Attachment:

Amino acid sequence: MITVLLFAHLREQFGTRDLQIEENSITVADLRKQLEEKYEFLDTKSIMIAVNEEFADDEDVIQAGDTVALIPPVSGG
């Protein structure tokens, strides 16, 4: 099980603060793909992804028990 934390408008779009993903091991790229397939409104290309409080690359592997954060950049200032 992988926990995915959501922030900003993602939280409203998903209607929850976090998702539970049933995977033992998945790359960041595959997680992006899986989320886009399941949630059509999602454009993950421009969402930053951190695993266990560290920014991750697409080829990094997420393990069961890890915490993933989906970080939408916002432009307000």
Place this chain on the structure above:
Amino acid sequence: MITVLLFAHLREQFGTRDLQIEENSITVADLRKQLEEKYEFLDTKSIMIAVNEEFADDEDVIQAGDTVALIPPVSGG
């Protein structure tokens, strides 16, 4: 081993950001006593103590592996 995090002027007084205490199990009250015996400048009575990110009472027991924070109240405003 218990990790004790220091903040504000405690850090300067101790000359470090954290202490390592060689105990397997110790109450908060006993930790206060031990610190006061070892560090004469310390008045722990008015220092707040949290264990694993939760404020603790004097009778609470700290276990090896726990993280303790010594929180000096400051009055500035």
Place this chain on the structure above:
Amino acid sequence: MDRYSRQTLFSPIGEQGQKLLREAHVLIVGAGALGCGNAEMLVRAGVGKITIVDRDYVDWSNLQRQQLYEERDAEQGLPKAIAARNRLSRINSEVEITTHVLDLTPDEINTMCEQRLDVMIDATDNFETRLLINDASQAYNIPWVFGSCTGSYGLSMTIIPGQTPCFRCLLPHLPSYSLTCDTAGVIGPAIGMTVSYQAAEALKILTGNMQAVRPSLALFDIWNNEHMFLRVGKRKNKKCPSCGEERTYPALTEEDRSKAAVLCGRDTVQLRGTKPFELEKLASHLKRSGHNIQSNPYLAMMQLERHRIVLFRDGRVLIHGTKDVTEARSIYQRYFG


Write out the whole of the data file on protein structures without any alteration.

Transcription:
Amino acid sequence: MITVLLFAHLREQFGTRDLQIEENSITVADLRKQLEEKYEFLDTKSIMIAVNEEFADDEDVIQAGDTVALIPPVSGG
């Protein structure tokens, strides 16, 4: 099980603060793909992804028990 934390408008779009993903091991790229397939409104290309409080690359592997954060950049200032 992988926990995915959501922030900003993602939280409203998903209607929850976090998702539970049933995977033992998945790359960041595959997680992006899986989320886009399941949630059509999602454009993950421009969402930053951190695993266990560290920014991750697409080829990094997420393990069961890890915490993933989906970080939408916002432009307000």
Place this chain on the structure above:
Amino acid sequence: MITVLLFAHLREQFGTRDLQIEENSITVADLRKQLEEKYEFLDTKSIMIAVNEEFADDEDVIQAGDTVALIPPVSGG
């Protein structure tokens, strides 16, 4: 081993950001006593103590592996 995090002027007084205490199990009250015996400048009575990110009472027991924070109240405003 218990990790004790220091903040504000405690850090300067101790000359470090954290202490390592060689105990397997110790109450908060006993930790206060031990610190006061070892560090004469310390008045722990008015220092707040949290264990694993939760404020603790004097009778609470700290276990090896726990993280303790010594929180000096400051009055500035």
Place this chain on the structure above:
Amino acid sequence: MDRYSRQTLFSPIGEQGQKLLREAHVLIVGAGALGCGNAEMLVRAGVGKITIVDRDYVDWSNLQRQQLYEERDAEQGLPKAIAARNRLSRINSEVEITTHVLDLTPDEINTMCEQRLDVMIDATDNFETRLLINDASQAYNIPWVFGSCTGSYGLSMTIIPGQTPCFRCLLPHLPSYSLTCDTAGVIGPAIGMTVSYQAAEALKILTGNMQAVRPSLALFDIWNNEHMFLRVGKRKNKKCPSCGEERTYPALTEEDRSKAAVLCGRDTVQLRGTKPFELEKLASHLKRSGHNIQSNPYLAMMQLERHRIVLFRDGRVLIHGTKDVTEARSIYQRYFG